The question that’s always asked of any writer.
The question I dread.
In part, this is because the honest answer is one that usually means nothing to the questioner. DOUGLAS BROWN, RUNNING DOWN has a central character with early onset Parkinson’s Disease, but it isn’t about P.D. It deals with it, sure, and provides – I hope – some interesting information on the subject. It could be said to provide, in ad-speak, a Unique Selling Proposition, the thing that makes the book stand out, and it’s certainly a useful way of fending off the question. But it isn’t what the novel’s about, not really. It provides the subject-matter, certainly, but there’s something else that lies behind it, the fundamental reason for writing. There’s story, there has to be story, and in this novel there are two linked storylines, one to do with the job Douglas has been asked to undertake and the other to do with his daughter, Kirsty. But story doesn’t these answer the question, either. What then does?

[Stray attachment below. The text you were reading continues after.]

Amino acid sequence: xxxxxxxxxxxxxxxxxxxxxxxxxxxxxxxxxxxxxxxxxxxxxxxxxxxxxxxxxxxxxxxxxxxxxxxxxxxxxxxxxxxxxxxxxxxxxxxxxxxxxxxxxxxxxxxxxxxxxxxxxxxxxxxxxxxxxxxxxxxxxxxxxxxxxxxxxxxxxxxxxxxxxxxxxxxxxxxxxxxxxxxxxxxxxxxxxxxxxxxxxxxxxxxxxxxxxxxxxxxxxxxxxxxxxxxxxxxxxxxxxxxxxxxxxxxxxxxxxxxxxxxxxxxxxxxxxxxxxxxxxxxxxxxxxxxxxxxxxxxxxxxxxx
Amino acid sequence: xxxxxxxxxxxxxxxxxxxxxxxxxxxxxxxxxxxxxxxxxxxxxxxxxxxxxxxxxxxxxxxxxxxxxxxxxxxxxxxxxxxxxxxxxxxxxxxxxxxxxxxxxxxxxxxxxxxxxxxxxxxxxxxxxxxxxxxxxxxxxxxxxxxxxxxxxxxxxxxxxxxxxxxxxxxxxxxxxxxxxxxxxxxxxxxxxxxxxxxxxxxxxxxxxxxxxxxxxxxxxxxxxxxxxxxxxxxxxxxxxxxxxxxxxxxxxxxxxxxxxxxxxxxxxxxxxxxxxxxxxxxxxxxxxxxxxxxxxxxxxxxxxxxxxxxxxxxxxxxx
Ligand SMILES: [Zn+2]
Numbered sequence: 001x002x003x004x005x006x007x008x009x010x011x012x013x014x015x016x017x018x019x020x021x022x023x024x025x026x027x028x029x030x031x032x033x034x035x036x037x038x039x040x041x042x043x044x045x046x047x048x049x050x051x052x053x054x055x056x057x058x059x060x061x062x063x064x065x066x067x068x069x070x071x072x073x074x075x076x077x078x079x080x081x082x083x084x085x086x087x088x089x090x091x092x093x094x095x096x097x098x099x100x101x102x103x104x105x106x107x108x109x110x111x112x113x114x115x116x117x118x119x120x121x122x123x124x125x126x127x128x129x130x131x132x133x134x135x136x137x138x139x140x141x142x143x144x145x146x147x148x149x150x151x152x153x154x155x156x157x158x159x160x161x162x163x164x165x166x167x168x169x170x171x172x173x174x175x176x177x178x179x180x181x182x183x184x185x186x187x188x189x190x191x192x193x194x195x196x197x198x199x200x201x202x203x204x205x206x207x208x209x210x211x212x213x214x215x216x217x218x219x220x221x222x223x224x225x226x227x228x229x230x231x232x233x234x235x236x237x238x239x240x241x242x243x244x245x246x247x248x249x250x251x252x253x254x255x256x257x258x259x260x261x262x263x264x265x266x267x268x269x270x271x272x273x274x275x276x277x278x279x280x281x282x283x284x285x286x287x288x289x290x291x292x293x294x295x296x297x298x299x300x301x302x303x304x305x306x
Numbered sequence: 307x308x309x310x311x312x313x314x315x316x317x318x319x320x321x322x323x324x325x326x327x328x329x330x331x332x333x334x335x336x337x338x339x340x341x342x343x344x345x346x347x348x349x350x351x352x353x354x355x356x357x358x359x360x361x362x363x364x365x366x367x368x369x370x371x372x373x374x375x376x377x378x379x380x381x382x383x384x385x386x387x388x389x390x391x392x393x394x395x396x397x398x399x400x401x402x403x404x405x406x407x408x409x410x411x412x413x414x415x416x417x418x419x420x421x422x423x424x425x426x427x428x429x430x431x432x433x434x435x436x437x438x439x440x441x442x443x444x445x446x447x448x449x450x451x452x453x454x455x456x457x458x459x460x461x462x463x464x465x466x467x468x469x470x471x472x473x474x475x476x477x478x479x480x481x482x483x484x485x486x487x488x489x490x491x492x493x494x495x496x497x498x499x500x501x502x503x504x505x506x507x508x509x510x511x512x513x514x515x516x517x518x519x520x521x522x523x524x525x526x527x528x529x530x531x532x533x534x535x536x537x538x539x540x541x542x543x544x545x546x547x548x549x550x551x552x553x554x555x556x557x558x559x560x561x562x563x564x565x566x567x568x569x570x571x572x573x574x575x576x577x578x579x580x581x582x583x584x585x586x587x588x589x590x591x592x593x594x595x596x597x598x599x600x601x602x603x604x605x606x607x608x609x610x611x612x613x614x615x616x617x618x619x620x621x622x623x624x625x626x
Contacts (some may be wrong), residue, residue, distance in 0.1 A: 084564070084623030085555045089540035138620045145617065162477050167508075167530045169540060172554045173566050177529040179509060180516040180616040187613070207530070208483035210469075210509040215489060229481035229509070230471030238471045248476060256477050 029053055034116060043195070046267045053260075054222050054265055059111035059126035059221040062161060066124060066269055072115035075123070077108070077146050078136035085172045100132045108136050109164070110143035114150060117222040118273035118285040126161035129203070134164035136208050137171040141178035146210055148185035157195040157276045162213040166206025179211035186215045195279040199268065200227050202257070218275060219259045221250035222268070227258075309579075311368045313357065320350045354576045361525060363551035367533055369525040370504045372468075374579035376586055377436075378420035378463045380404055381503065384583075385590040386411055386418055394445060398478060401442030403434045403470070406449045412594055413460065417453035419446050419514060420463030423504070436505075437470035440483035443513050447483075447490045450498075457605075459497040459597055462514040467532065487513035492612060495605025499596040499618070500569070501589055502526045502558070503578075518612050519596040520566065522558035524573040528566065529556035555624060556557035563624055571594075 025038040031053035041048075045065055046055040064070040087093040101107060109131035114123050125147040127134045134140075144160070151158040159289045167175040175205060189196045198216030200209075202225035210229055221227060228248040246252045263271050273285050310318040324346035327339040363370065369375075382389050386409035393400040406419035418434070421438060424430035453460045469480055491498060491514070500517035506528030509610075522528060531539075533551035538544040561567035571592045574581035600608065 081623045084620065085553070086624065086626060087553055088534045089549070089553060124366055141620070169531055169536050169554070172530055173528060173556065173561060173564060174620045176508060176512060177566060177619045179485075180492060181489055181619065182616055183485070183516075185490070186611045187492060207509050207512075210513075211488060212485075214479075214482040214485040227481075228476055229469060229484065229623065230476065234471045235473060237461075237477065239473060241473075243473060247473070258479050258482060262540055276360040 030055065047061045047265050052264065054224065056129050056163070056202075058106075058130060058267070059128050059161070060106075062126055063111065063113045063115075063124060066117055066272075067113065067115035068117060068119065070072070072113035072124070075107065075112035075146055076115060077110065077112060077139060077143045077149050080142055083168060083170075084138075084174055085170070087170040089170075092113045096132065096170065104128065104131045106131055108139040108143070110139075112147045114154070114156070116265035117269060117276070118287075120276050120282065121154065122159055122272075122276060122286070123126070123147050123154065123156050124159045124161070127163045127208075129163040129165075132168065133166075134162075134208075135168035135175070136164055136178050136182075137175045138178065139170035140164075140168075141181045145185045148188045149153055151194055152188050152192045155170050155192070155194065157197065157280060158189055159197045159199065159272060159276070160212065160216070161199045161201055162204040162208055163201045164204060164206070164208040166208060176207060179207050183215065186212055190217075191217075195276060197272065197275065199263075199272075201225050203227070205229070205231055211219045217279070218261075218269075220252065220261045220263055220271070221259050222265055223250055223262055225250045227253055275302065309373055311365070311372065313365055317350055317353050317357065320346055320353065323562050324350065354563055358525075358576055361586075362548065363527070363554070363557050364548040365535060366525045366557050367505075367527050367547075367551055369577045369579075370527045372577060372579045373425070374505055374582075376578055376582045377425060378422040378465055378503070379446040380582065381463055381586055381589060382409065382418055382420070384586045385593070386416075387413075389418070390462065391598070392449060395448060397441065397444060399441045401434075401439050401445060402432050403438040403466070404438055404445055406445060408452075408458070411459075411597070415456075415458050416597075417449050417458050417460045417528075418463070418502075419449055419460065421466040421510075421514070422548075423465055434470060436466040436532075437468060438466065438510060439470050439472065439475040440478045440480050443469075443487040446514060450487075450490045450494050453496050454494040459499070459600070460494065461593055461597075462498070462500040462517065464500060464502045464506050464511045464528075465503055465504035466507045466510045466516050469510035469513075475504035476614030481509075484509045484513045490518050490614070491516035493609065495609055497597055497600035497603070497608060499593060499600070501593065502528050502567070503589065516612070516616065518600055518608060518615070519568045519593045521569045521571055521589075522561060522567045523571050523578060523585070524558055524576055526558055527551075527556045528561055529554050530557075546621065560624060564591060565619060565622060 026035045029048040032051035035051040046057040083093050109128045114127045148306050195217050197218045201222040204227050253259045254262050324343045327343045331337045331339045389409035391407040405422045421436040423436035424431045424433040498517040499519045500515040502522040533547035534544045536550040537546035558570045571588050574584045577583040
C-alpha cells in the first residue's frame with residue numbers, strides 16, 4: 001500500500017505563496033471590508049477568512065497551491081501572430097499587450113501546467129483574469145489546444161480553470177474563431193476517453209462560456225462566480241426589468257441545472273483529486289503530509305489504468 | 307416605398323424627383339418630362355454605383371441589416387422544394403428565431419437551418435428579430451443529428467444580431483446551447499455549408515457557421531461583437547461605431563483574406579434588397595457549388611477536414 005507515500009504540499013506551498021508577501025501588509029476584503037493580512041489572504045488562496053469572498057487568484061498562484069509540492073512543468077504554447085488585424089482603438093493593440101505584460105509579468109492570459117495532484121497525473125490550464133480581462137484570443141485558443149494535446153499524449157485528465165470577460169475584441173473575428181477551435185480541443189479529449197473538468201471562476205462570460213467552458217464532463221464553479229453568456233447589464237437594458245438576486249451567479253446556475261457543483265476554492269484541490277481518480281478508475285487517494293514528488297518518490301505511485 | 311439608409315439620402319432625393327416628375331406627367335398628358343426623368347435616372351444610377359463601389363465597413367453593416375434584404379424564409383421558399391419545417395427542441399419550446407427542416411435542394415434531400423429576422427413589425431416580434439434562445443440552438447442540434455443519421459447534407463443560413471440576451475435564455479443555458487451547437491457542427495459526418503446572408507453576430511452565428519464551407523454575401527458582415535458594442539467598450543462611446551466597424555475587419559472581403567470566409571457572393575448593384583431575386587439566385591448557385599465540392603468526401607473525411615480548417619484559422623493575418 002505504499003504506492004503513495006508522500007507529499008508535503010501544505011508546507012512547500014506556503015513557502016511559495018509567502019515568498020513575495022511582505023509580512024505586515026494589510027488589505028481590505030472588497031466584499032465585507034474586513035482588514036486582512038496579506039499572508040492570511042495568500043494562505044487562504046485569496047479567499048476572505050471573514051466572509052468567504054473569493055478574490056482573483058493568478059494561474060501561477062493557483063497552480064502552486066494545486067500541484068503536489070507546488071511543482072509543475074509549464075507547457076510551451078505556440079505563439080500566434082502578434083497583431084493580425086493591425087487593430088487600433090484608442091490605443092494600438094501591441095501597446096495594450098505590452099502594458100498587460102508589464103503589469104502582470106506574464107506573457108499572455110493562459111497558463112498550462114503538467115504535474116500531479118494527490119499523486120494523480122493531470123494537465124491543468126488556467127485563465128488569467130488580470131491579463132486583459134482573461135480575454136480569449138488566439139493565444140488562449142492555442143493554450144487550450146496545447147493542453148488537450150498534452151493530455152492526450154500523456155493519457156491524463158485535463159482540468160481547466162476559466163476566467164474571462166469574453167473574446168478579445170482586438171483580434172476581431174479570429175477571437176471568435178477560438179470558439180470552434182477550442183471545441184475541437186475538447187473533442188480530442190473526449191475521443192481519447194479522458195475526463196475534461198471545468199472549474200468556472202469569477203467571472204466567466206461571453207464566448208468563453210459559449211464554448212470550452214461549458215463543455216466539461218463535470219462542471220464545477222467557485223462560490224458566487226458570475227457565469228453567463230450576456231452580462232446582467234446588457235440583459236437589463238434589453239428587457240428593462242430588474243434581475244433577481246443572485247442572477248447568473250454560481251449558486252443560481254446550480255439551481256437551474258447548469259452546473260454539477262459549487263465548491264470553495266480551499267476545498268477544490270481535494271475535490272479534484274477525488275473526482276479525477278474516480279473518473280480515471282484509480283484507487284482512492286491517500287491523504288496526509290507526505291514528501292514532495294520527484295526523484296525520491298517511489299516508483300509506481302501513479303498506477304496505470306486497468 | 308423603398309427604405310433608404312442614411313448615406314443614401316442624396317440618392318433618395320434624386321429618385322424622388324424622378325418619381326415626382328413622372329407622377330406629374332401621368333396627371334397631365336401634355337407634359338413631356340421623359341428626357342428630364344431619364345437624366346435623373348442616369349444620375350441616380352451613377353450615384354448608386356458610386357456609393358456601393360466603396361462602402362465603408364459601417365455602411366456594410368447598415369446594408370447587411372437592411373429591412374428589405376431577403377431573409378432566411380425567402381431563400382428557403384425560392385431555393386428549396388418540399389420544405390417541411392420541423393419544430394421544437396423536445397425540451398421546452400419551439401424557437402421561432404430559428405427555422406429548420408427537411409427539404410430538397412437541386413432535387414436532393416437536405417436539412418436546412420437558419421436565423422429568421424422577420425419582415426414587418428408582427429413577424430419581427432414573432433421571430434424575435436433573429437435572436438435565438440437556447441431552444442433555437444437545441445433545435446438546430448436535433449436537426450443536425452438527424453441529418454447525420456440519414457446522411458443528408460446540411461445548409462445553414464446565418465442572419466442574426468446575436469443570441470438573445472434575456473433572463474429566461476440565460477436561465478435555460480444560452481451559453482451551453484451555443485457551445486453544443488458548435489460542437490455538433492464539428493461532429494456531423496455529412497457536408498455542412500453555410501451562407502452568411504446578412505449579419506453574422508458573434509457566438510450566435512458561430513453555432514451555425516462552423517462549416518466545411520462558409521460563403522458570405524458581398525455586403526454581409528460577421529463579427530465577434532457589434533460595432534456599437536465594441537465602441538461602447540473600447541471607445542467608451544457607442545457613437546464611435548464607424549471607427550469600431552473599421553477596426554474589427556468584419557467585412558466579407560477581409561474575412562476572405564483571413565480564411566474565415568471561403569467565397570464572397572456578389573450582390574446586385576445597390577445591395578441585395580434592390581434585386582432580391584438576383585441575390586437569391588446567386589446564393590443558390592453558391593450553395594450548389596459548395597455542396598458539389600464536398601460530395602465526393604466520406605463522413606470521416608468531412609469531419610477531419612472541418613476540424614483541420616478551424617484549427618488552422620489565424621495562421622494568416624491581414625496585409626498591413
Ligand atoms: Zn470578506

Of course there’s always Dr. Johnson’s dictum – ‘No man but a blockhead ever wrote but for money,’ – and much though I revere the great man, I have to disagree. Or perhaps I prove him right; I’m indulging myself in a gross folly?
No, there’s another motivation, the one that makes me want to write a particular story, this story and not that story, that makes some ideas fizzle out, fail to sustain my interest, die on me. It’s the business of writing itself, of language and the use of language. That’s what DOUGLAS BROWN is about. That’s what my prize-winning short story THE GOAT is about. It’s just an answer that isn’t what the questioner wants to hear, it’s poncey, it’s pompous, it’s pretentious. It’s unfortunately true. I have many story ideas which dribble into the sand shortly after I start them because they don’t give me the right buzz, the one that comes from language, from the fascinating technical challenge of telling a story in the right way, in the way it should be told.